Today, the Wolf Administration outlined the potential impact of ending the March 6 disaster declaration while clarifying that the legislature cannot end it unilaterally. The disaster declaration aids in speeding up the state’s response to the pandemic and provides protections for businesses, workers and residents. Importantly, ending the disaster declaration would not end any orders issued by the Secretary of Health that set guidelines for business operations.
Tuesday night, the General Assembly voted to end the disaster declaration with many members claiming their actions ended the business guideline orders. That is not true. Not only does any concurrent resolution need to come to the Governor for approval or disapproval, but the disaster declaration is separate from the orders signed by Secretary of Health Dr. Rachel Levine under the Disease Prevention Act that include provisions for business reopening and for worker and building safety. Those orders remain in place. The legislature did nothing to end those.
Rather, the legislature chose to attempt to end the disaster declaration – a measure that would ostensibly end protections passed for businesses, workers, and residents.
If the declaration were to end, these protections would go away:
• Burdensome eligibility requirements for more than a million Unemployment Compensation claimants would immediately go back into effect, and employers across the commonwealth would no longer receive relief from charges.
• Certification requirements under the public-school code and child protective services law would end.
• A school meal eligibility waiver, which has allowed more than 300 meal sites to open for distribution of food to school-age children in need, would end.
• Telehealth and other health care services provided by out-of-state providers for Pennsylvanians would end.
• Utility assistance for thousands of families and individuals would end, leaving people without water or electricity.
• Hospitals and alternative care sites would no longer be able to add capacity or repurpose facilities (i.e., beds) without having to abide by the 60-day notice requirement.
• License renewal and training requirement suspensions for health care professionals, child care workers, direct care workers, direct support professionals, among other professional groups who provide life sustaining services to our children, seniors, and vulnerable residents would end, meaning all of these workers would need to choose between not returning to work until those credentials could be renewed or trainings completed and the option of returning to work with the understanding that they are practicing out of compliance with Pennsylvania law and regulation, very well opening themselves up to personal liability.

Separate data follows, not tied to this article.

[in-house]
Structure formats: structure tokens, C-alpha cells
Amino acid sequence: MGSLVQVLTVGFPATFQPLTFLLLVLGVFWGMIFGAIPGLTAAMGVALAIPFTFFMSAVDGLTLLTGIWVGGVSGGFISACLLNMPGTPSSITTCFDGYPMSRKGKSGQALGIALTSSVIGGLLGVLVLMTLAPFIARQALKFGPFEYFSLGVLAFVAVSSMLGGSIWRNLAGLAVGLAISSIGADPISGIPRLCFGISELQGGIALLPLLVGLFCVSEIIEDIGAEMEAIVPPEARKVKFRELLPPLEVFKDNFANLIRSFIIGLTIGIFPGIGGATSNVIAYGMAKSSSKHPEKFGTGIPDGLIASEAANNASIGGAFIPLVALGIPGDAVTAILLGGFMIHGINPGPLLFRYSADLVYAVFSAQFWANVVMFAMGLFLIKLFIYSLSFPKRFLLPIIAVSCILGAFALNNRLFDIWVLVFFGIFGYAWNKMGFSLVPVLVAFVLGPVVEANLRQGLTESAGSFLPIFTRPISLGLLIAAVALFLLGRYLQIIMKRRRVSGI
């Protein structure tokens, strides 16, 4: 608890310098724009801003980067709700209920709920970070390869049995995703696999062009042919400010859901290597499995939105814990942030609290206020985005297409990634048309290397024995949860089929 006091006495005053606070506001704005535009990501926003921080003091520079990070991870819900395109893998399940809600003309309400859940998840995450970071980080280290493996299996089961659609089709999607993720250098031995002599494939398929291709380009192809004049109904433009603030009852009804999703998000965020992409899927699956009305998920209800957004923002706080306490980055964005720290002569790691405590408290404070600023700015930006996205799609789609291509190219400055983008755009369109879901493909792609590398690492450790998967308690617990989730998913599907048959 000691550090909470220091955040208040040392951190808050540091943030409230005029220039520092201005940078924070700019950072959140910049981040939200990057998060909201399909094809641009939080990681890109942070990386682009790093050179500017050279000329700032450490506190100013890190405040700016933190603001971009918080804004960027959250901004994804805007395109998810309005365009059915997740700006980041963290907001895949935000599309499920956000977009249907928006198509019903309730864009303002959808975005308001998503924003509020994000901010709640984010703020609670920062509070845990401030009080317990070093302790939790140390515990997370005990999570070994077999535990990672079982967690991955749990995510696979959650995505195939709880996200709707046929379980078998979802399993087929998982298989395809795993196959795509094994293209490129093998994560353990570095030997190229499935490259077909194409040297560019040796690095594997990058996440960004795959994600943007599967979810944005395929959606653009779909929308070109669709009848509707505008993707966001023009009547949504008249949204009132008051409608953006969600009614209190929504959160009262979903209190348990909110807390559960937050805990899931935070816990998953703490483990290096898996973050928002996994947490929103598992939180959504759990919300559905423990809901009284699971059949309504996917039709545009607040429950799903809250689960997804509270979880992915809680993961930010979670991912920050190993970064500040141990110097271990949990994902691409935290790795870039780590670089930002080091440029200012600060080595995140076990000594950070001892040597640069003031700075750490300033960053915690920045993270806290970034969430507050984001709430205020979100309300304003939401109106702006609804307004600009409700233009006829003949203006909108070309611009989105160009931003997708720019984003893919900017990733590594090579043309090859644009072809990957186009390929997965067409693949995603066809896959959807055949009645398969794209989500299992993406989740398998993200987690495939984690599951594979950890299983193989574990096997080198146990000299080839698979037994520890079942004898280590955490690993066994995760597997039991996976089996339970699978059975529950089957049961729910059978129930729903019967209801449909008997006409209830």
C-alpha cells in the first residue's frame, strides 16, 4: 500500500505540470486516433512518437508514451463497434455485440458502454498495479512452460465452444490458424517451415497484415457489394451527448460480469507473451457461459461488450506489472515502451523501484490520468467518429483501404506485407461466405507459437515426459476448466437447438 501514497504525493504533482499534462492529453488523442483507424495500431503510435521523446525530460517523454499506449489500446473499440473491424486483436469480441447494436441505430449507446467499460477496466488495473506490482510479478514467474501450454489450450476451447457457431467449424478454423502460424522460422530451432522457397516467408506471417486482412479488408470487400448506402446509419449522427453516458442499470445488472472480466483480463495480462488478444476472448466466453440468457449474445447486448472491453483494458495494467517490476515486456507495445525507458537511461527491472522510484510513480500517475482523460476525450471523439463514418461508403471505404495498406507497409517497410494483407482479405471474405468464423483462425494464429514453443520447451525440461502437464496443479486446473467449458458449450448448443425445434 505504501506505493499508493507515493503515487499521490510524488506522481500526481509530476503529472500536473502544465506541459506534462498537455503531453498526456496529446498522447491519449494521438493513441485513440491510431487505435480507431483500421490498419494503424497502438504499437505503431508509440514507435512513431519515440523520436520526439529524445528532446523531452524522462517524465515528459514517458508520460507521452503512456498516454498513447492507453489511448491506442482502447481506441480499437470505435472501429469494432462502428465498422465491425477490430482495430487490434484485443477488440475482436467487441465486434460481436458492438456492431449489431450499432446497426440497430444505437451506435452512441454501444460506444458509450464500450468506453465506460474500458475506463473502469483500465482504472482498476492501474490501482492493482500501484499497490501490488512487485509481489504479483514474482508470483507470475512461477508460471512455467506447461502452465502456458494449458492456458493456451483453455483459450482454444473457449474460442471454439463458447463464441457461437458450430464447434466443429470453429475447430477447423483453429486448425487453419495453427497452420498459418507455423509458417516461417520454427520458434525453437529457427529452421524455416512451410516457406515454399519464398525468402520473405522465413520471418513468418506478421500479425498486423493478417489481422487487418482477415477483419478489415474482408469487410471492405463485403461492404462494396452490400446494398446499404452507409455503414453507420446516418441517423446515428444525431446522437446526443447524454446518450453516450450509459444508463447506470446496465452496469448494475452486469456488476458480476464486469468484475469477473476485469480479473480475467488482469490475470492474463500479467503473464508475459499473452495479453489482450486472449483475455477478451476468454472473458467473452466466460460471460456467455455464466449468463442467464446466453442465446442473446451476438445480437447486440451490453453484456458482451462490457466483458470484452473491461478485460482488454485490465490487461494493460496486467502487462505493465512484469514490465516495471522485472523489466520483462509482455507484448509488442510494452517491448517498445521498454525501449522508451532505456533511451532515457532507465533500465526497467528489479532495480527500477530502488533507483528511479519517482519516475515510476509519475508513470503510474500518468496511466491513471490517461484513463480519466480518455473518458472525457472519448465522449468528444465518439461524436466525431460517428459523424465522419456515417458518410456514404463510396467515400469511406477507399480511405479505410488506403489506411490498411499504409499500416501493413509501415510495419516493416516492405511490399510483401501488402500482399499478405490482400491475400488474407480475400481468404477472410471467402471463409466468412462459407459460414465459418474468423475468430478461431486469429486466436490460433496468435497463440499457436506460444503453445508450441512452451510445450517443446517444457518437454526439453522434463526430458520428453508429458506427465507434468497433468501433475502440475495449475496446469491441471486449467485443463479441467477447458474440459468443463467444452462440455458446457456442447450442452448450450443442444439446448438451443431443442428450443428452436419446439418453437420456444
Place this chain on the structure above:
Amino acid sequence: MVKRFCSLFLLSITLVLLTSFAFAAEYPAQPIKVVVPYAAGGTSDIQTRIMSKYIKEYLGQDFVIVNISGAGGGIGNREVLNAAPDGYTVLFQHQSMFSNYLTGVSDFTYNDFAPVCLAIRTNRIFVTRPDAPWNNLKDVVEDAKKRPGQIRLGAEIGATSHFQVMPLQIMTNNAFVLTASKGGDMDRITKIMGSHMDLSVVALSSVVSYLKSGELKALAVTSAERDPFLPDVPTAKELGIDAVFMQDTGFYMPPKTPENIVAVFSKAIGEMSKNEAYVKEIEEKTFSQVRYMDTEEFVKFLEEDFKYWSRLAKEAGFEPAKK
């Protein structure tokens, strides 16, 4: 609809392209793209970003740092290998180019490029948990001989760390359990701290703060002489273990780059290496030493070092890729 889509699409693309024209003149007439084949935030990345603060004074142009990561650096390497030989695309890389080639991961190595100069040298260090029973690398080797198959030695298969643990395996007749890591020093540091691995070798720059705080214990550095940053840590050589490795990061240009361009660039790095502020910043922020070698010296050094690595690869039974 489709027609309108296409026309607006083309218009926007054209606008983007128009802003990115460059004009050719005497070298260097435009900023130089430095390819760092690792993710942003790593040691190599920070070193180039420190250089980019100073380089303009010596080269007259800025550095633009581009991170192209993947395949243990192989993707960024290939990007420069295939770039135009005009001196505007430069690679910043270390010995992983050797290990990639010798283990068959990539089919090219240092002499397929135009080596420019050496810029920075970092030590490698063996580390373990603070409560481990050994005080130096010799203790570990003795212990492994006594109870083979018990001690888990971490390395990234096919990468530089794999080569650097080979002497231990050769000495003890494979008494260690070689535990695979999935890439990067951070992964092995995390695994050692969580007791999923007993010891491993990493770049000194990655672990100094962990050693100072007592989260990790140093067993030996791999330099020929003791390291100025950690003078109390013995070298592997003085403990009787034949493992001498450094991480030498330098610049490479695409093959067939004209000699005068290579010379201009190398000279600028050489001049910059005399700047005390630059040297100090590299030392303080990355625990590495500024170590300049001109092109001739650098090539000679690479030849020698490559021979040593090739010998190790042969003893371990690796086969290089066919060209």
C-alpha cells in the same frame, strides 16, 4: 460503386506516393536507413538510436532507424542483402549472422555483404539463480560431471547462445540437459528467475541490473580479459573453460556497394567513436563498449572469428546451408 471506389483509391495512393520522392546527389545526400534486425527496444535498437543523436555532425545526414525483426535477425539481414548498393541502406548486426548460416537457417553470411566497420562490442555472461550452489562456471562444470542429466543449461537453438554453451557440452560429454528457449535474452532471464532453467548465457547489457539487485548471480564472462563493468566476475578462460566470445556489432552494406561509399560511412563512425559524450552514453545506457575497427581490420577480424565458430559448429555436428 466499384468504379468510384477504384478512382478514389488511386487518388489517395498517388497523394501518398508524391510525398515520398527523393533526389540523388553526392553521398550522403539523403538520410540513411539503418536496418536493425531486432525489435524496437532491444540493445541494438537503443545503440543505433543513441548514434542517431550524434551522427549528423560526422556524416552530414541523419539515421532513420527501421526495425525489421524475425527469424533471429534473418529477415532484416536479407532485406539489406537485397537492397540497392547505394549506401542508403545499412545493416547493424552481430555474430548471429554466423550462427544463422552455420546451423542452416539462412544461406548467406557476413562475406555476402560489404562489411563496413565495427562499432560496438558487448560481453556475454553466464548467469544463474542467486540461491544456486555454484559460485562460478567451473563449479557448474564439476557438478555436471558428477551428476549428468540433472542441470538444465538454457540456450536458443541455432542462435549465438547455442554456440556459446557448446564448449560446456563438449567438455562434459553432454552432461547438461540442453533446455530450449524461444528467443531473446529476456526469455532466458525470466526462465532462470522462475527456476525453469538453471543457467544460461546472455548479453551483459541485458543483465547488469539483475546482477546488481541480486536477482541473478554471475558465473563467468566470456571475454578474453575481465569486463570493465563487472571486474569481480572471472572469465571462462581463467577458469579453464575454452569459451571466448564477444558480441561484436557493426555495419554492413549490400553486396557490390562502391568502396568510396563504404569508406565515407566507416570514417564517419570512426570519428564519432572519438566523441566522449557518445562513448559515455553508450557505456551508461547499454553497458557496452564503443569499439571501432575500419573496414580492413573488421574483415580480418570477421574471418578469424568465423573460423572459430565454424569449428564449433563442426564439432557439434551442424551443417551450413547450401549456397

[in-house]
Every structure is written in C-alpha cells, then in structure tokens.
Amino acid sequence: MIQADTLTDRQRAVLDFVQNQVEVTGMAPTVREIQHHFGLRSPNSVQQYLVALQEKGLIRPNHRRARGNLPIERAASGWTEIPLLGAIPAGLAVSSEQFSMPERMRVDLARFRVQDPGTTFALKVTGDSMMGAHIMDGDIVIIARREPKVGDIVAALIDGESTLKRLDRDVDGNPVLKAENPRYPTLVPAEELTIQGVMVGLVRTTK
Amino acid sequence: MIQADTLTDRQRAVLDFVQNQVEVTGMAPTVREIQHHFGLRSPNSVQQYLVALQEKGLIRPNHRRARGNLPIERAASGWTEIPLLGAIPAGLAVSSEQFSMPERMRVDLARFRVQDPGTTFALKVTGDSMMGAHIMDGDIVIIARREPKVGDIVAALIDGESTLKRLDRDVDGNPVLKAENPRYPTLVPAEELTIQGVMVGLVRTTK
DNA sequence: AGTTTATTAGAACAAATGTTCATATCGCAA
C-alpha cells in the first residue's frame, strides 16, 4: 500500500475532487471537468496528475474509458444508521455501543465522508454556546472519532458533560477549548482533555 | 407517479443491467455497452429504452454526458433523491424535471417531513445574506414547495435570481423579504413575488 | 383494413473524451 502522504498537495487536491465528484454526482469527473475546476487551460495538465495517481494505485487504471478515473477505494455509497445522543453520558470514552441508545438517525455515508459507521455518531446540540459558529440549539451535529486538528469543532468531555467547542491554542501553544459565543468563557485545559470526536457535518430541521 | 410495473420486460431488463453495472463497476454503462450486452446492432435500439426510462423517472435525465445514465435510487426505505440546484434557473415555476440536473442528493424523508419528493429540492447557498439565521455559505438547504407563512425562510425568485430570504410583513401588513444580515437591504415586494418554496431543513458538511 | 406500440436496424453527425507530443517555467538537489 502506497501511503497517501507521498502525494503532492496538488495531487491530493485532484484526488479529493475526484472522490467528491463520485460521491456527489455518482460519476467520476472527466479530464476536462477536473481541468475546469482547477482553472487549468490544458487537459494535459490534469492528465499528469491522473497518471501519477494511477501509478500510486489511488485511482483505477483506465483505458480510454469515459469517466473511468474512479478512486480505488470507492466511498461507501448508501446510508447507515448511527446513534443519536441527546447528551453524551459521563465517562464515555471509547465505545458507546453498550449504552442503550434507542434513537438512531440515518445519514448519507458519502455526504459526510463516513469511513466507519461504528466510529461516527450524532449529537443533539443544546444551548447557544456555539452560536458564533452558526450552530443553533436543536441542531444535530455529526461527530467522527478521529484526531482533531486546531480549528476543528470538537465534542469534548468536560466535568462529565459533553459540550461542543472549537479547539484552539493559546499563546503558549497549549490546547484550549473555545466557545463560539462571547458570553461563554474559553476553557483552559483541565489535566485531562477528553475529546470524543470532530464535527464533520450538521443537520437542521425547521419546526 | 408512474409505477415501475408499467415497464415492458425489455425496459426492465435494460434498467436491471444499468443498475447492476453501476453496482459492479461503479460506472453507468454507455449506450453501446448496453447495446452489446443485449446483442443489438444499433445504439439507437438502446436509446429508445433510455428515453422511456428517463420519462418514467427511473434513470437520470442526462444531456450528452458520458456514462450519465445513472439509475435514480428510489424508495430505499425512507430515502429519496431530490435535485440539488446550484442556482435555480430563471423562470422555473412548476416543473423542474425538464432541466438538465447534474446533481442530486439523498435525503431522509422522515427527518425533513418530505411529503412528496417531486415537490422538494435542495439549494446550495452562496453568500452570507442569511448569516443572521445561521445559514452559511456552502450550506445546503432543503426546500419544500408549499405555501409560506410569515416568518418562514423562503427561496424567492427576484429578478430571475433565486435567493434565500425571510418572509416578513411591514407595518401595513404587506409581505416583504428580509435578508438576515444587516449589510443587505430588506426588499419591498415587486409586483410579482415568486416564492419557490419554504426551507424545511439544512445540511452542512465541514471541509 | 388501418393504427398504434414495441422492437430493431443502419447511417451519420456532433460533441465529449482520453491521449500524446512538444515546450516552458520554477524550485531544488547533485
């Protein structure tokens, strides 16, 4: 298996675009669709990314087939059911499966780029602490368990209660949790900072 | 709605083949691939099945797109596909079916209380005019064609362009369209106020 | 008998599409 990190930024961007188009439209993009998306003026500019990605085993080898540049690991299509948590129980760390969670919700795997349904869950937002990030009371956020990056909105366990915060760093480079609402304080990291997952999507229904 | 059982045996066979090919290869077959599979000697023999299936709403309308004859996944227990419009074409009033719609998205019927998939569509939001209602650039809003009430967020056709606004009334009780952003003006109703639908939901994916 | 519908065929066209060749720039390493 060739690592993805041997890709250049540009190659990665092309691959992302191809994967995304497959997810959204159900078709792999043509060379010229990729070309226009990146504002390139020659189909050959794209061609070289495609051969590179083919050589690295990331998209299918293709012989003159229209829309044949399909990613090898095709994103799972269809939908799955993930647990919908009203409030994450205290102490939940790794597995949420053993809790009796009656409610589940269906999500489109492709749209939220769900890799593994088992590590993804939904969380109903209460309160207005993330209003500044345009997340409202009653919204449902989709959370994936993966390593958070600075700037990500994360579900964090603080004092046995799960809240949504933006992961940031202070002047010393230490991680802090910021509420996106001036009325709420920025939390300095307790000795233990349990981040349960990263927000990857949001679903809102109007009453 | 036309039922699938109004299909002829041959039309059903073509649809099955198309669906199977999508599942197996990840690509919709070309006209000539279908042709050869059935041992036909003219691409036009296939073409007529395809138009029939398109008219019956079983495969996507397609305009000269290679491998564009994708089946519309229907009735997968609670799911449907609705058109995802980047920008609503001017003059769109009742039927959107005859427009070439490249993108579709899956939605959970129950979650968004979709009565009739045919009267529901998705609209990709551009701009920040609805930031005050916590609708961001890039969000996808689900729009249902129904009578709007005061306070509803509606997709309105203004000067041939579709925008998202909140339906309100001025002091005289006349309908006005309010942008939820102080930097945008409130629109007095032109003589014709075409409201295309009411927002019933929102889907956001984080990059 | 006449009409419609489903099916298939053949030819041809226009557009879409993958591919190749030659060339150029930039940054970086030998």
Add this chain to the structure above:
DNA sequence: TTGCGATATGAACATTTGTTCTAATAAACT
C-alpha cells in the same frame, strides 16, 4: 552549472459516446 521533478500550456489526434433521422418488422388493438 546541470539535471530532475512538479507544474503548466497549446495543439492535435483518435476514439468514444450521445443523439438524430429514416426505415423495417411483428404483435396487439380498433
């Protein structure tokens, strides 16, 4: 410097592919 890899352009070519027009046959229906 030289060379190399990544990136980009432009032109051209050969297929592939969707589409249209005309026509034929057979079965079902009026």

• PennDOT waivers for commercial motor vehicle weight limitations and permitting requirements for the transport and delivery of agricultural feed, food, and dairy products, fuel, pharmaceuticals, and medical supplies to assist in supply chain challenges would end and motor carriers would be restricted in their ability to directly assist in supporting emergency relief efforts necessary to respond to the pandemic.
• Mortgage foreclosure and eviction moratoriums that offer protection to vulnerable Pennsylvanians at risk of losing their homes during the pandemic would end.
In addition to these immediate waiver and legislative enactments being removed, ending the disaster declaration also would remove many practical aspects of the state’s response to this disaster, including the authority to activate the National Guard to help with nursing homes; deploying commonwealth personnel, services and distributing supplies and equipment; implementing emergency funding; suspending rules and regulations that would hinder or delay necessary action in coping with the emergency; and using all available resources of the commonwealth government and its political subdivisions to deal with the emergency.
The state could also lose federal public and individual disaster assistance, and any additional state funding sources available through transfer of unused General Fund dollars.
During a state of emergency declared by the governor, commonwealth agencies and departments may implement their emergency assignments without regard to procedures required by other laws pertaining to performing their work, entering into contracts, purchasing supplies and equipment, and employing temporary workers.